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Your Missing Superpower: Sleep

Think back to the last time you had a great night's sleep and how wonderful it felt when you woke. Pretty amazing I’m assuming? Let me guess, you felt refreshed, energized, happy, positive, and so on and so on. So why is it that we’re so unwilling to put in the effort to maximize this feeling/reward more often?

The average adult needs 7-9 hours of sleep, yet less than 50% of Americans get 7+ hours of sleep, specifically on weekdays (typically our busiest days). Now I know what you’re going to say, I don’t have time or I operate just fine on 5-6 hours of sleep. Let’s cut the crap, it’s simply not true. Just as you have prioritized and made the investment in your nutrition and workouts, a similar effort is going to be needed to increase your missing superpower, sleep!

Quality sleep has been shown to increase cognitive performance, productivity, maximize athletic performance, regulate blood sugar, and increase mood among others. While poor quality sleep has been linked to increased inflammation, higher body weight and weight gain, increased calorie intake, greater risk of heart disease and stroke, depression, and impaired immune function.

Similar to your nutrition and your workouts, you need to find what works for you. Just because it works for someone else, does not mean it’s 100% fail-proof for everyone. Here are some tips to help you increase your quality and quantity of sleep:

  • Stop the blue light. Artificial light or blue light has been shown to disrupt your circadian rhythm by suppressing melatonin, the hormone that tells your brain it’s time to sleep. Turn off your phone, tv, and computer two hours before bedtime. Instead read a book, write in a journal, or listen to a sleep podcast or calming music.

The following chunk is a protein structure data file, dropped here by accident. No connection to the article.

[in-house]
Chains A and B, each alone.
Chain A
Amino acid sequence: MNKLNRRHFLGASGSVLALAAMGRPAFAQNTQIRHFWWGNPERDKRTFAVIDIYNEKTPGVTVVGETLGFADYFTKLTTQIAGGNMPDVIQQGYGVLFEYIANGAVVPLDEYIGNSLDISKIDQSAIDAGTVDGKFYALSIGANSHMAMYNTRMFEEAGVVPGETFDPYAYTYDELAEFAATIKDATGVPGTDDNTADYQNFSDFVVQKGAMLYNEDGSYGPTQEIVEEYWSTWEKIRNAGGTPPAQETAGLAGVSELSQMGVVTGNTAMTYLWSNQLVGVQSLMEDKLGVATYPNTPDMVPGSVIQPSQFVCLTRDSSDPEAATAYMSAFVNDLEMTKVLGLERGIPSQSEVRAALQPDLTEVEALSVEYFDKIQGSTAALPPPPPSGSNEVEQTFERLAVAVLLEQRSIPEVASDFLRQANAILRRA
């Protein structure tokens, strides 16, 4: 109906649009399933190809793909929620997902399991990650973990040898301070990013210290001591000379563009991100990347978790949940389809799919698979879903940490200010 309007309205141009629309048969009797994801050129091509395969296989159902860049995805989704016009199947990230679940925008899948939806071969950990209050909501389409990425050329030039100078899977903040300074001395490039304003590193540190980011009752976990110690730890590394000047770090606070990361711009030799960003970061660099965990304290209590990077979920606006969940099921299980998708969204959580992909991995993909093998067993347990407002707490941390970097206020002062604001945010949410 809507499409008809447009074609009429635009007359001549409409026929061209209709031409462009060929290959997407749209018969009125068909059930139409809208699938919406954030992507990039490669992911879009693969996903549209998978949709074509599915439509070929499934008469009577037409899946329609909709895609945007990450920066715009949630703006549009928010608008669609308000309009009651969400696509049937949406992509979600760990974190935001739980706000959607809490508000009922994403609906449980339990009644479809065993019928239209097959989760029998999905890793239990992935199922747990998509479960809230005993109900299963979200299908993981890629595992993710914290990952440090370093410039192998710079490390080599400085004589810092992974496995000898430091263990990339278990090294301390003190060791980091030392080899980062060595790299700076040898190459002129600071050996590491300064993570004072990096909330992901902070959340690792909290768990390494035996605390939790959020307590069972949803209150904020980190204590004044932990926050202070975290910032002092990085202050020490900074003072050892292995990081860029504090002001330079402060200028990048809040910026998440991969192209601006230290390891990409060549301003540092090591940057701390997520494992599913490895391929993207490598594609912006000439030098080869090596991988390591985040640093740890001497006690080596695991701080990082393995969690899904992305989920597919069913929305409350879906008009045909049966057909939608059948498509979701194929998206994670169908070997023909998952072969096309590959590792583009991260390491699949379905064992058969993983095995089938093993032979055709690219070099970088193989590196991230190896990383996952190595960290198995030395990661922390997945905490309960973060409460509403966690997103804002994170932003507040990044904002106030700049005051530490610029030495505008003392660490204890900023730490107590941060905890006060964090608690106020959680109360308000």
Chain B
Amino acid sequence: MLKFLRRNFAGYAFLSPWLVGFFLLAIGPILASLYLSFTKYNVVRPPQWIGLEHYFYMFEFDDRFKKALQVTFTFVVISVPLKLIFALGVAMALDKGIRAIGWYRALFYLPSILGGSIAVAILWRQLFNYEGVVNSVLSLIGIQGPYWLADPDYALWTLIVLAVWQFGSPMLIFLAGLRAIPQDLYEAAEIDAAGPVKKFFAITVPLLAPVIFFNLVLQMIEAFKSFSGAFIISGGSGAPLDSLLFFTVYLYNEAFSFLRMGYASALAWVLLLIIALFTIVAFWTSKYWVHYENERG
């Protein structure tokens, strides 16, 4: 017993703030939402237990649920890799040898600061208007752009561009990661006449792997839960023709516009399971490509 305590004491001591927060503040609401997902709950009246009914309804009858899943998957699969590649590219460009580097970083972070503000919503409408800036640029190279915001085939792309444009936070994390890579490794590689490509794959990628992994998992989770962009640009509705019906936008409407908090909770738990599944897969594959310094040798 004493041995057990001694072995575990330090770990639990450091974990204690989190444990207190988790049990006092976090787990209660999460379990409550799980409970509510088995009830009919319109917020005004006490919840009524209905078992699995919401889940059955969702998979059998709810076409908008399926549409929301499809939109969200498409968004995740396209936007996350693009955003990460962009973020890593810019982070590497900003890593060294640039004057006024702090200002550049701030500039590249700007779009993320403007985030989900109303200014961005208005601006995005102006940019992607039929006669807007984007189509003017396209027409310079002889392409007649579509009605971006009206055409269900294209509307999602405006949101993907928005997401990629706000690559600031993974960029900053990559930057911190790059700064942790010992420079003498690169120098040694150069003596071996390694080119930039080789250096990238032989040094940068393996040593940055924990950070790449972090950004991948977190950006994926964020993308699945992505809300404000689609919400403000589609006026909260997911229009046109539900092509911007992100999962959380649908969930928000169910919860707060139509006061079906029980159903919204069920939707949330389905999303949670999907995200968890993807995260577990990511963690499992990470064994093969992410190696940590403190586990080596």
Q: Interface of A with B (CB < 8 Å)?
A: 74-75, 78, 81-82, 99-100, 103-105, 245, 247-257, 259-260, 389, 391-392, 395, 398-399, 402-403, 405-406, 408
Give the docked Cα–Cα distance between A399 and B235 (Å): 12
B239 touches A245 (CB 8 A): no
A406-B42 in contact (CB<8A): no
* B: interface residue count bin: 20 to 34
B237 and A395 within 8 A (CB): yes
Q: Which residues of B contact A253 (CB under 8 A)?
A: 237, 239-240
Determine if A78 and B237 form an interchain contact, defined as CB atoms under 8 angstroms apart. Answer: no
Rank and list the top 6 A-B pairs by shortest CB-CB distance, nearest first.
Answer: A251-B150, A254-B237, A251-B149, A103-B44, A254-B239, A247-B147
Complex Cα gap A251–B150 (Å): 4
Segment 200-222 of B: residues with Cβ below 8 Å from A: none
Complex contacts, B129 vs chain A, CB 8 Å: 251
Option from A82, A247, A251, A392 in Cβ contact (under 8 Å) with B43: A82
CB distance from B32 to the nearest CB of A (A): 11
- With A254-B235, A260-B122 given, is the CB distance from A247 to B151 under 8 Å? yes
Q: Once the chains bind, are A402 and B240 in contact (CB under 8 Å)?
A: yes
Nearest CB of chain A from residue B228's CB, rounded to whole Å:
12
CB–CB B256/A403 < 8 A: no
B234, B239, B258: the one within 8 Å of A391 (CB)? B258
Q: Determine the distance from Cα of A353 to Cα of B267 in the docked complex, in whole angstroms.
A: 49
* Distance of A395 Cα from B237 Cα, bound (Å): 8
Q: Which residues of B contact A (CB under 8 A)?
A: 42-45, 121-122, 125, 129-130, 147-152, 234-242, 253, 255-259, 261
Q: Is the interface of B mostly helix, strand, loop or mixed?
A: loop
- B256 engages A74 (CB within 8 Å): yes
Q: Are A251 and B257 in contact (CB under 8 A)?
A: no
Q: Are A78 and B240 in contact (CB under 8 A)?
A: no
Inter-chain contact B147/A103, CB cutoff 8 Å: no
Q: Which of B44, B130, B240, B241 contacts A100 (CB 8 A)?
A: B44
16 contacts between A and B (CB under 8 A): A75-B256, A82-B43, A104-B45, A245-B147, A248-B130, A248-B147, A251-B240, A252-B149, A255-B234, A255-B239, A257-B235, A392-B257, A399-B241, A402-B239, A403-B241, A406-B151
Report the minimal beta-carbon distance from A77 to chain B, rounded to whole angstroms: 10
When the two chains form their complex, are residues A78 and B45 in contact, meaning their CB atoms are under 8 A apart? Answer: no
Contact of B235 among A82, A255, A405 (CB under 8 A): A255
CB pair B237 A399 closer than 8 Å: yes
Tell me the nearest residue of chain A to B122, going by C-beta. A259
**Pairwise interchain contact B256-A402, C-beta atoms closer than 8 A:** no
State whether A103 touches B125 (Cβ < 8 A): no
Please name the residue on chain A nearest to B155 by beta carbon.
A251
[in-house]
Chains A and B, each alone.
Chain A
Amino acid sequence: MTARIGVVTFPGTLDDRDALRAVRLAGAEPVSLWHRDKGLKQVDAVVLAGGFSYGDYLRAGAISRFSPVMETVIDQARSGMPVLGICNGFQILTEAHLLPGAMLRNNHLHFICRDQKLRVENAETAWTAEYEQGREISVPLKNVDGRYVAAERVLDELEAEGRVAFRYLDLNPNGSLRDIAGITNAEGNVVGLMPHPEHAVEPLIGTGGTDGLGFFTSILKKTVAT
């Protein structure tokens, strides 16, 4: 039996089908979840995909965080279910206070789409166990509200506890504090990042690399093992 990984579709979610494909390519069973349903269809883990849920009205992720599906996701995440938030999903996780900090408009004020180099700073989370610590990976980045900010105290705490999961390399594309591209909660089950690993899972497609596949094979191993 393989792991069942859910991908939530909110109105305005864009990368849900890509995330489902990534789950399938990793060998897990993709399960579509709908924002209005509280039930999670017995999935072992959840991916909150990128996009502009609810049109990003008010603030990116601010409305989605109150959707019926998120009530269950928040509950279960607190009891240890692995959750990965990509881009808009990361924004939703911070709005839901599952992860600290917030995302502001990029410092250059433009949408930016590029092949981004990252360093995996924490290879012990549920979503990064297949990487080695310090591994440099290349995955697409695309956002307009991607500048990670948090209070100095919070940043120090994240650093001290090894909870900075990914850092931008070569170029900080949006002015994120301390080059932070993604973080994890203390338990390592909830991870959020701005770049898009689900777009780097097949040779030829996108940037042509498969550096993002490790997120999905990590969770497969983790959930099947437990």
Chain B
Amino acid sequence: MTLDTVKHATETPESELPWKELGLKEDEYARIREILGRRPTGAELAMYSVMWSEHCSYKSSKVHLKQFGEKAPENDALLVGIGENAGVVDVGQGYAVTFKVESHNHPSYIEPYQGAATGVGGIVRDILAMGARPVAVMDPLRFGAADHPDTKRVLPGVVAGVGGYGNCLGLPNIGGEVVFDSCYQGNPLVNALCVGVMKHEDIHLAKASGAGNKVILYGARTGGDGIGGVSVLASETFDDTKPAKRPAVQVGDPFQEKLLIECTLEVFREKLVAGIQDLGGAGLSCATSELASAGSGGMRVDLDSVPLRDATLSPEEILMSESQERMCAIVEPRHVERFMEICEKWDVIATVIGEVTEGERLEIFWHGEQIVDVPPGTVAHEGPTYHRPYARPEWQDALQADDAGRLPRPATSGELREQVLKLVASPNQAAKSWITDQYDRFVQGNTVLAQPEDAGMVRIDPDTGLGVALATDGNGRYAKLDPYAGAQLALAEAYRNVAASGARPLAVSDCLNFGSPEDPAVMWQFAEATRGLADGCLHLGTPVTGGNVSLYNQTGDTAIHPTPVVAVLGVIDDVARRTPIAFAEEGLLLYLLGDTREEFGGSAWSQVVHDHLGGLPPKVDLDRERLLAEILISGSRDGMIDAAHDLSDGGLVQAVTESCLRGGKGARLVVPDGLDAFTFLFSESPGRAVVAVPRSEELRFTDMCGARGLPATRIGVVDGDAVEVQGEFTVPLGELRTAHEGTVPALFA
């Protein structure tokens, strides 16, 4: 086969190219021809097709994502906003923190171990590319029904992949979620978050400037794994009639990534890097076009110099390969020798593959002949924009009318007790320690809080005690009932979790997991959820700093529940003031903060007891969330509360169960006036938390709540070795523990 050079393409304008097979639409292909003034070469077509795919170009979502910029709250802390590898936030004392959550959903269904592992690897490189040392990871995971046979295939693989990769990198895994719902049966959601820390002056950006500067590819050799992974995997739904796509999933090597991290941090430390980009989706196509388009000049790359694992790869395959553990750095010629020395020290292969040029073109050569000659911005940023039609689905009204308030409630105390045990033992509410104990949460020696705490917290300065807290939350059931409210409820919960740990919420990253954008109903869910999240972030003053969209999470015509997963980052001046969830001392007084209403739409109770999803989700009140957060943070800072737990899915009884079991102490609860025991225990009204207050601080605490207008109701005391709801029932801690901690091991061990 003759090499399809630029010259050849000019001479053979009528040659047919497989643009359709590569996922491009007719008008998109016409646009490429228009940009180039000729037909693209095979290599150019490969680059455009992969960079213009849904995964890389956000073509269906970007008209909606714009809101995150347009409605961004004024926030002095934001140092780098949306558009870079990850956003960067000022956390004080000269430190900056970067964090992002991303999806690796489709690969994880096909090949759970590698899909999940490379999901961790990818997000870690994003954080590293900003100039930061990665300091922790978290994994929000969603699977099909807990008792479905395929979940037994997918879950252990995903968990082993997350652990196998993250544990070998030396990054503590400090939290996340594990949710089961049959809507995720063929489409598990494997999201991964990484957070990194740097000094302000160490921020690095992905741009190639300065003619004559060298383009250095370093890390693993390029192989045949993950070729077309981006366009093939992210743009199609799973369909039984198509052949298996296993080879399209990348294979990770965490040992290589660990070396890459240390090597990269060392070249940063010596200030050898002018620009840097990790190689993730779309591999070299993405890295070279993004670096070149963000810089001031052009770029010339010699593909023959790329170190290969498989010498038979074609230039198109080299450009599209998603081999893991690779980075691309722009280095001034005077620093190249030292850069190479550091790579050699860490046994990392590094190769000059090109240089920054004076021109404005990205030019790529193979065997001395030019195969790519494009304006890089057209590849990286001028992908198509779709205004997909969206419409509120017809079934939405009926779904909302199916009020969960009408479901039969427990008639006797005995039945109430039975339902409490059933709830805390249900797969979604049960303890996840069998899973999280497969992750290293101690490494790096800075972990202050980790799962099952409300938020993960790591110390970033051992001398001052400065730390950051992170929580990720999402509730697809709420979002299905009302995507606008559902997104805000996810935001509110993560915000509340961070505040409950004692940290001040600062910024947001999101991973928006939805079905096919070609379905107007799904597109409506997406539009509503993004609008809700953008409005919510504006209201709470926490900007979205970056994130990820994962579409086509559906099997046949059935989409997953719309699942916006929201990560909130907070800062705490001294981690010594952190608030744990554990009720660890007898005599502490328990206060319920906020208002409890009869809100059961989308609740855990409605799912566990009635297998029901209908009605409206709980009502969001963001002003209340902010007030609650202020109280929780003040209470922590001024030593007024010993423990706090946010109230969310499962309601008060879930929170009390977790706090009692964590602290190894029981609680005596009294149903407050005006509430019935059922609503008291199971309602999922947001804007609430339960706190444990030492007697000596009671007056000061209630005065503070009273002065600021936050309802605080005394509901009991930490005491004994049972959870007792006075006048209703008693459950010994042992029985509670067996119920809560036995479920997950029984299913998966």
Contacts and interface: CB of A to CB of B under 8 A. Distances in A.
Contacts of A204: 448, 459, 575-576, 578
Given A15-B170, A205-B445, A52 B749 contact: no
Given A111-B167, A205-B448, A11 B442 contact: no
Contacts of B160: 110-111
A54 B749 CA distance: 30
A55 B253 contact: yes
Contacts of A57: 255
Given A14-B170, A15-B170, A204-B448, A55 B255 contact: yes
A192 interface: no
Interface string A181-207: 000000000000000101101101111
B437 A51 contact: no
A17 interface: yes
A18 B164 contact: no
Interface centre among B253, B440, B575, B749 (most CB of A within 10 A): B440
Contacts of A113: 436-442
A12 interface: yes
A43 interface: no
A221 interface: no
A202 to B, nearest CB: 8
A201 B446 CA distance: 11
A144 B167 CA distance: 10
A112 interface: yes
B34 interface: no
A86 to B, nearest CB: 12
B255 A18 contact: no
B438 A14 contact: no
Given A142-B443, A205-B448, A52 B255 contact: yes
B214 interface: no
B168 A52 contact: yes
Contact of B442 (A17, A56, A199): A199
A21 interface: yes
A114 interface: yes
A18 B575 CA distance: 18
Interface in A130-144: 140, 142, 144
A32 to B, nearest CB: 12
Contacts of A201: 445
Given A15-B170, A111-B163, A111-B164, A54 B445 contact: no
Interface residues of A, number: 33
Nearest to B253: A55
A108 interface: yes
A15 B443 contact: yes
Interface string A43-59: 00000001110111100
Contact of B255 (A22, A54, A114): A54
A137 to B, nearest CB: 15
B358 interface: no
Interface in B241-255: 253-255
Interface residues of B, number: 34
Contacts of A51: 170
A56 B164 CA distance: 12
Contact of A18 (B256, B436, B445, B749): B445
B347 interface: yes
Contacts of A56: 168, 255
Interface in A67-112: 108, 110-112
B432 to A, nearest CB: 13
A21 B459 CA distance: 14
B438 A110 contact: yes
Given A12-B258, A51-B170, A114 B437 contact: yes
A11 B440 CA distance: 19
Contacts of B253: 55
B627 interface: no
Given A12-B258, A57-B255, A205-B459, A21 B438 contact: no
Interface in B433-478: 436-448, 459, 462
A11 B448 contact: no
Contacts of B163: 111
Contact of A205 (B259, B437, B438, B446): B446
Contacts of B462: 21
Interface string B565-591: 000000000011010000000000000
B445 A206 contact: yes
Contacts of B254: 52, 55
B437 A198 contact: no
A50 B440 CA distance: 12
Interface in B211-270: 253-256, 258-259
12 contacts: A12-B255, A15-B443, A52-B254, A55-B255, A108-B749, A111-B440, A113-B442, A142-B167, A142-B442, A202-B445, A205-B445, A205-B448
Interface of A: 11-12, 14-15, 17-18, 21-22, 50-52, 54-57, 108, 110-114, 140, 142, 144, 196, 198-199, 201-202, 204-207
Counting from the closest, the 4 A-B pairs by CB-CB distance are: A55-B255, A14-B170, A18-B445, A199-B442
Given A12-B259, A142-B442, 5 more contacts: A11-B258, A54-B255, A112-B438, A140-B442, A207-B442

• Block outside light. Similar to artificial blue light, sunlight triggers our internal clock to wake and cease melatonin production. Make your room as dark as possible. Purchase blackout curtains to help eliminate outdoor light.

  • Skip the afternoon soda or coffee. Find yourself reaching for that afternoon caffeine boost? It typically takes the body 6-10 hours to process caffeine. So, if consumed too close to bedtime, we’re asking for sleep disruption. Instead, get a quick afternoon workout or stretch, and make your water your go-to drink.

  • Stay consistent. We all know those people that can wake up without an alarm clock. It’s because their body is programmed. Going to bed and waking up at the same time will increase your sleep consistency and attentiveness during the day.

  • Keep it cool. Setting your thermostat to 65-72 degrees has been shown to be the ideal temperature to induce sleep and maintain consistent sleep cycles.

As mentioned above, these are all tips or tricks to help you increase your quality and quantity of sleep. But, you must find what works best for you. Placing a priority on your recovery will elicit great results from the work you're putting in in the gym!

Nick Miller



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